This year, he’s advancing his credentials as a progressive by pushing some of the nation’s toughest gun-control measures, a repeal of the death penalty and incentives for an offshore wind farm.
O’Malley’s political advisers say they are focused on crafting his legacy as governor and preparing him for whatever he may do next, whether it’s seeking a federal Cabinet post, running in another campaign or trying something unforeseen. They rarely talk about 2016.
“It would be crazy for it not to be in the back of people’s heads, but it’s not something that’s explicitly discussed,” said one adviser, who spoke on the condition of anonymity to be able to freely talk about the governor.
That O’Malley is not a household name beyond Maryland is not a concern at this point, his advisers say. Once his term ends in January 2015, he could camp out in Iowa for a year if he decides to run.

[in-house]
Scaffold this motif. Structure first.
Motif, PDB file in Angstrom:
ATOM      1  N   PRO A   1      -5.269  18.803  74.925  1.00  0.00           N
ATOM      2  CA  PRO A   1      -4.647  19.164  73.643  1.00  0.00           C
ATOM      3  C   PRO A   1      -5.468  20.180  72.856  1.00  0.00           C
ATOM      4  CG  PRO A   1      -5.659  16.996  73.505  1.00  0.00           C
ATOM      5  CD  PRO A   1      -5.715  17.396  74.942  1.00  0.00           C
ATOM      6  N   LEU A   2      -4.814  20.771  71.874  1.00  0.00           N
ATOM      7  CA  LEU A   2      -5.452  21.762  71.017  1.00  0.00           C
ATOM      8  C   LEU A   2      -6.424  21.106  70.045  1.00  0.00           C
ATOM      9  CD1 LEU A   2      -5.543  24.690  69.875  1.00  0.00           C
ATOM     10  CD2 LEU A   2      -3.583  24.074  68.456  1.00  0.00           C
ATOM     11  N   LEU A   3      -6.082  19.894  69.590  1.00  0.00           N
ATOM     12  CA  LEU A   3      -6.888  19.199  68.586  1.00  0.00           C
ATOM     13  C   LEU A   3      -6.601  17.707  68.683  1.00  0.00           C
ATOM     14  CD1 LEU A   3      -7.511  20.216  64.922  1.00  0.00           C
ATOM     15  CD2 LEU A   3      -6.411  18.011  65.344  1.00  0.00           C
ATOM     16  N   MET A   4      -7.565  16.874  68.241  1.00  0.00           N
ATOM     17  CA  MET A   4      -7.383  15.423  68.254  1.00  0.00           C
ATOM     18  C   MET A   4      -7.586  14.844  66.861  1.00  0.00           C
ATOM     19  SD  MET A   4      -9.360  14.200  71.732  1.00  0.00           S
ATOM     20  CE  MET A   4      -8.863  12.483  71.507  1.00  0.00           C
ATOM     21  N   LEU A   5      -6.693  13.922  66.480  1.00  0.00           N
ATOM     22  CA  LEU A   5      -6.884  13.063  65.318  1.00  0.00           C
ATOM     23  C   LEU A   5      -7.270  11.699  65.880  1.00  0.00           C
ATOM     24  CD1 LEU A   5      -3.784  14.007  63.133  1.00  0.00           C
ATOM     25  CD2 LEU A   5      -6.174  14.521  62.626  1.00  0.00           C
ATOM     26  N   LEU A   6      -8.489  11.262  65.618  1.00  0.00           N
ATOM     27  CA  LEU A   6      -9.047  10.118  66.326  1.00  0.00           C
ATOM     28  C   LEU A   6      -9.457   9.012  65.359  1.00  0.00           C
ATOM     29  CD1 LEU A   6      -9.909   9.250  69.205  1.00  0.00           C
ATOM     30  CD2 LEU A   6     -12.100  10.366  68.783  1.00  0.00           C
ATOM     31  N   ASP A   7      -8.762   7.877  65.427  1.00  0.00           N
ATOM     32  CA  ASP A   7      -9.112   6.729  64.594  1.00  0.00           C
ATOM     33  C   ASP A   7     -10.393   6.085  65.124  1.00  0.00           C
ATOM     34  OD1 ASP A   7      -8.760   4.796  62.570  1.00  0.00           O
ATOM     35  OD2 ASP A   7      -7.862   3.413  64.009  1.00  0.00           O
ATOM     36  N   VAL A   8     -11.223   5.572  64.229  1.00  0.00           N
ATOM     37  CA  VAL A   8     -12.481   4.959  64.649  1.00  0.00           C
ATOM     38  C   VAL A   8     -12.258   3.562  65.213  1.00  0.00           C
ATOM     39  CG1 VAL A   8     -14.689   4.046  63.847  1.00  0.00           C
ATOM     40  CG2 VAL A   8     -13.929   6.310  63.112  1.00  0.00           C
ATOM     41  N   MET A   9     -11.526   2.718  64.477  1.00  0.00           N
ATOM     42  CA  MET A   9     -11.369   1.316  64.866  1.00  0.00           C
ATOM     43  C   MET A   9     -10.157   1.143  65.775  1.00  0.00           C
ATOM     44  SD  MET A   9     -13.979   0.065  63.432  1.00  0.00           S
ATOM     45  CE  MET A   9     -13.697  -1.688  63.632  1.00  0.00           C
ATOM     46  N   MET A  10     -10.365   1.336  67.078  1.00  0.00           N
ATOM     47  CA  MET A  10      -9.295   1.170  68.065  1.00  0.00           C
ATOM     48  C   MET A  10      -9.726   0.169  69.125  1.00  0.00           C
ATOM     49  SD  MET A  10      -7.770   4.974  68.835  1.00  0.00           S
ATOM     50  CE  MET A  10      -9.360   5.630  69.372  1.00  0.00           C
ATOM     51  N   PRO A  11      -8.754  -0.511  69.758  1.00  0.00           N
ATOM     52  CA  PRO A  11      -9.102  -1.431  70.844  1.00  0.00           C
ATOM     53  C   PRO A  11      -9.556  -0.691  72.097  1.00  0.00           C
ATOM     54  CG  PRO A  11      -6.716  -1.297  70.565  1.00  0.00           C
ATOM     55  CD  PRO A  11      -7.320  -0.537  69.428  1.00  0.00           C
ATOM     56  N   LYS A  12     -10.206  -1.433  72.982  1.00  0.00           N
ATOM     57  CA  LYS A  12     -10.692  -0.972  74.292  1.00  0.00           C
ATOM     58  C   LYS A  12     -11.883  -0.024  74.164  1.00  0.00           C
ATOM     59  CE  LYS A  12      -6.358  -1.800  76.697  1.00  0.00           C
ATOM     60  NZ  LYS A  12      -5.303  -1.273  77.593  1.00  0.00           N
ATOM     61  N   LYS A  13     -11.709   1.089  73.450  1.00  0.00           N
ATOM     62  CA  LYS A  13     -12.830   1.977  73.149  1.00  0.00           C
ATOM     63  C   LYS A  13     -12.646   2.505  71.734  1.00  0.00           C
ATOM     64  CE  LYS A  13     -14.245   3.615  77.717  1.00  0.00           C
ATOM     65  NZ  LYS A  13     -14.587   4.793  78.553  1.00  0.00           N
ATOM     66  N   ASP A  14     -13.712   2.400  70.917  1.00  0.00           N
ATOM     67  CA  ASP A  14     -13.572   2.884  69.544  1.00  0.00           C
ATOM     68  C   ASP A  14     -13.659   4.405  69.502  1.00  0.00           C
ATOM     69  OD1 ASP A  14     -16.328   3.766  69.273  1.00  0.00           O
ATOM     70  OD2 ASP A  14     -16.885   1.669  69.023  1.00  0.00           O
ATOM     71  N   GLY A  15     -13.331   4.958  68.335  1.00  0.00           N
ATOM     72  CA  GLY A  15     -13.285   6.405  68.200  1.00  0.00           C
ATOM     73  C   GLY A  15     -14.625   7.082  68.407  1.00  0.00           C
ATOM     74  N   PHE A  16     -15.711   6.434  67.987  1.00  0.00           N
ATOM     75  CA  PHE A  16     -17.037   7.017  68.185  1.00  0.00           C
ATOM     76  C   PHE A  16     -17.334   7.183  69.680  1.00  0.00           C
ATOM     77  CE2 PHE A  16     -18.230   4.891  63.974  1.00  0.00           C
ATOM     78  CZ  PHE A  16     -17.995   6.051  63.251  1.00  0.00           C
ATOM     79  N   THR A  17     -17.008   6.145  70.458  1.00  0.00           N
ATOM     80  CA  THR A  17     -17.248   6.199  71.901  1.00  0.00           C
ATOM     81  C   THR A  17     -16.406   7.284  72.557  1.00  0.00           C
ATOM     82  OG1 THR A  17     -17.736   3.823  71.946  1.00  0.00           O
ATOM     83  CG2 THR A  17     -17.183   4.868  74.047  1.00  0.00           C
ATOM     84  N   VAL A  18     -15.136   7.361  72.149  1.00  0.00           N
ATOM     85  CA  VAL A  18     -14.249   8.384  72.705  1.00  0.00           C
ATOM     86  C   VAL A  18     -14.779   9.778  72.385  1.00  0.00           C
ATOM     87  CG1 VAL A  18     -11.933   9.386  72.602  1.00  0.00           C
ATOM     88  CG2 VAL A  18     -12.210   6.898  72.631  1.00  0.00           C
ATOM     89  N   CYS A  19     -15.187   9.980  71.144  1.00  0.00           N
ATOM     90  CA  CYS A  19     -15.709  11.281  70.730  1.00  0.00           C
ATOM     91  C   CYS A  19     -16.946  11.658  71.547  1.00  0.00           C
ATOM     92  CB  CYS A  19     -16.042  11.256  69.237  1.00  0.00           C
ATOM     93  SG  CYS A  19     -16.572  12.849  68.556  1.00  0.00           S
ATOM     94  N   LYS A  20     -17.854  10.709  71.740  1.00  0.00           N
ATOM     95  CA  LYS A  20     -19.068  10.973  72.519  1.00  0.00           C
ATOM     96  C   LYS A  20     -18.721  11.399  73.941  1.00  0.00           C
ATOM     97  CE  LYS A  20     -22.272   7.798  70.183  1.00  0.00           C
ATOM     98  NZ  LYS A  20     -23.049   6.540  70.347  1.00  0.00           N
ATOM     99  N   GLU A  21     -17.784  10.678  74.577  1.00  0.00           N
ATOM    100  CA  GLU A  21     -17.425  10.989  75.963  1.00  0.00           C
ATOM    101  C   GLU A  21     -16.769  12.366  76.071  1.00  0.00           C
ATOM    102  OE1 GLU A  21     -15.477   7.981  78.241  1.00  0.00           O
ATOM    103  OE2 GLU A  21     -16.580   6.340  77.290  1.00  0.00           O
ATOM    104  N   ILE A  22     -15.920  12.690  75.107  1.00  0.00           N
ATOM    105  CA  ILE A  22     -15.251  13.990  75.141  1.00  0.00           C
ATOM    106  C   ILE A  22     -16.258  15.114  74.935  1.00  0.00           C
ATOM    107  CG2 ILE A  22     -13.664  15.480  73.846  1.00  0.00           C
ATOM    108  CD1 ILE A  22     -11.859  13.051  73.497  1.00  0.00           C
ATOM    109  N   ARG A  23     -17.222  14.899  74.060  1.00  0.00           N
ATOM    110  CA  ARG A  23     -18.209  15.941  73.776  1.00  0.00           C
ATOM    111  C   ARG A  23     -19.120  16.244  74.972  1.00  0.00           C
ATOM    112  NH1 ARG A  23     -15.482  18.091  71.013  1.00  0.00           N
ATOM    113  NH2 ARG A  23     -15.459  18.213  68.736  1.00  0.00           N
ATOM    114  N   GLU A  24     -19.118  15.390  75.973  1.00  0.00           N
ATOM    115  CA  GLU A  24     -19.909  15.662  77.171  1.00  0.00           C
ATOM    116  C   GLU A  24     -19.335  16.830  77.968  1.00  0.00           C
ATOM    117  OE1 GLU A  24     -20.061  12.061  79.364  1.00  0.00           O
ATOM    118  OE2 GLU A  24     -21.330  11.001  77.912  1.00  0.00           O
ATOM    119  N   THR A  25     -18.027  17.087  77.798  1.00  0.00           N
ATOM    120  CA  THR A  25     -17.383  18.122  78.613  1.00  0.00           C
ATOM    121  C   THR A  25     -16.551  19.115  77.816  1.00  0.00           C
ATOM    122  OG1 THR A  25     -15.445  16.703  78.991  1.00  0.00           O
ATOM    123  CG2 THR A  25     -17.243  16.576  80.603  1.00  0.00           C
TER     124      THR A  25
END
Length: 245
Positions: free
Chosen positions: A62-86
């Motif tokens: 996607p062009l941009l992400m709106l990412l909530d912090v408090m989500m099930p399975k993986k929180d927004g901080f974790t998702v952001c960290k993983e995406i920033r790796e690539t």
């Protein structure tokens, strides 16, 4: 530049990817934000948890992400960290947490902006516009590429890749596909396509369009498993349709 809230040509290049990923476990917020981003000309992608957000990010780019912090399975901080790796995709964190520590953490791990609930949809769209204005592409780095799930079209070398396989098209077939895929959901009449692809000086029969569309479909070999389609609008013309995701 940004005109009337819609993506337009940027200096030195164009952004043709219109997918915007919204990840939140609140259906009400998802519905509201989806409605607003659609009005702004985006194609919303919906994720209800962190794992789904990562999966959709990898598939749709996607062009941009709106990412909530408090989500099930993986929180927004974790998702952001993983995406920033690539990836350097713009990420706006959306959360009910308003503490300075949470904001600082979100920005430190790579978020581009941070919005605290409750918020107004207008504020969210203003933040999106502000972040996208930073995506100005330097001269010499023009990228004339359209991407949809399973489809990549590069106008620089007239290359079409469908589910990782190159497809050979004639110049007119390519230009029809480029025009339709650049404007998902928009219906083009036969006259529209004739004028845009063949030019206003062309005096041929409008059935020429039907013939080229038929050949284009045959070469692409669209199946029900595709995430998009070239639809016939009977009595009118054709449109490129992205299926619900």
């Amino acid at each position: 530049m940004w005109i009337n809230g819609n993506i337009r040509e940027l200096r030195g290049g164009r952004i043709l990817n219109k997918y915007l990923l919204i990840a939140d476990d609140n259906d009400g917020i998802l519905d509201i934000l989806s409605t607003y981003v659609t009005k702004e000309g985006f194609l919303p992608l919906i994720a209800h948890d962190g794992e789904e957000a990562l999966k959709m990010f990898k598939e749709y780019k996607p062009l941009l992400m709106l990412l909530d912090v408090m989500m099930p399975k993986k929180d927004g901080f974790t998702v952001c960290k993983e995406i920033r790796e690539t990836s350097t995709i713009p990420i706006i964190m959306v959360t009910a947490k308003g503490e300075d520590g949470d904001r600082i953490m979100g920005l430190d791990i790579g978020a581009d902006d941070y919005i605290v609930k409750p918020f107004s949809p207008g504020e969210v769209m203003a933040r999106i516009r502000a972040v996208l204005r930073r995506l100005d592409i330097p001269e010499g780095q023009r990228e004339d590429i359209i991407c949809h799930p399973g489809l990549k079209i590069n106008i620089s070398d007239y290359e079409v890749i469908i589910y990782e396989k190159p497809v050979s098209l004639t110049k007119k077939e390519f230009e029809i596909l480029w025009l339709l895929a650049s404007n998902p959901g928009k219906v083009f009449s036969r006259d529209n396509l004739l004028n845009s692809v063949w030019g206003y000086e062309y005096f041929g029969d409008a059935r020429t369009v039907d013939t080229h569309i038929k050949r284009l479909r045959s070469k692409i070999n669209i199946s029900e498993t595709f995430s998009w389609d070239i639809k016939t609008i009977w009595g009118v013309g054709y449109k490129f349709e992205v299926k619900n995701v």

But his future may not be his to dictate. If Clinton campaigns for the presidency, for example, O’Malley’s aides said the governor probably would stay out, in part because of her prominence but also because of his loyalty to her. During an appearance on “CBS This Morning,” O’Malley praised Clinton as a “very impressive person” who “would make an outstanding president.”
Republican strategists view O’Malley as little known and untested on the national stage, and a recent WMUR Granite State poll — yes, there’s polling even now — appeared to prove the point. O’Malley was the favorite of less than 1 percent of likely Democratic voters in New Hampshire in 2016.
Clinton? Sixty-three percent.
Still, Republicans seethe over the governor’s brittle attacks, such as when he derided Christie as a “colorful character” who lives in a “make-believe world.”